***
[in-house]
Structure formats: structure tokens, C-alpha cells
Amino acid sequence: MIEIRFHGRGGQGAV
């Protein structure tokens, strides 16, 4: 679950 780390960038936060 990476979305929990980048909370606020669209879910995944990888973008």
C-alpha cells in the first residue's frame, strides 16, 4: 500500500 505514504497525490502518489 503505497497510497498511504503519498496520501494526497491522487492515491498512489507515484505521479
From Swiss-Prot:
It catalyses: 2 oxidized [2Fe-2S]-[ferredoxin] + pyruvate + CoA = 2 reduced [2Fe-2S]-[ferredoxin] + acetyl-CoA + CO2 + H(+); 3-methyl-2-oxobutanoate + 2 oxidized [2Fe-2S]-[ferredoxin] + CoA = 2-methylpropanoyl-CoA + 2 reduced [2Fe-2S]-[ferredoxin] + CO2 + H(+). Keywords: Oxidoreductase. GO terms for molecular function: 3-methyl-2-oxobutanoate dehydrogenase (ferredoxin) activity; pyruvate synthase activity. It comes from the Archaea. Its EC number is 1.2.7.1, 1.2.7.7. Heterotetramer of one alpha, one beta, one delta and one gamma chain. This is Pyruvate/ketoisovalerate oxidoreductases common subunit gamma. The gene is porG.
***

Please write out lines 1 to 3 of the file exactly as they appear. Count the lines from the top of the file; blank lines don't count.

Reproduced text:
[in-house]
Structure formats: structure tokens, C-alpha cells
Amino acid sequence: MIEIRFHGRGGQGAV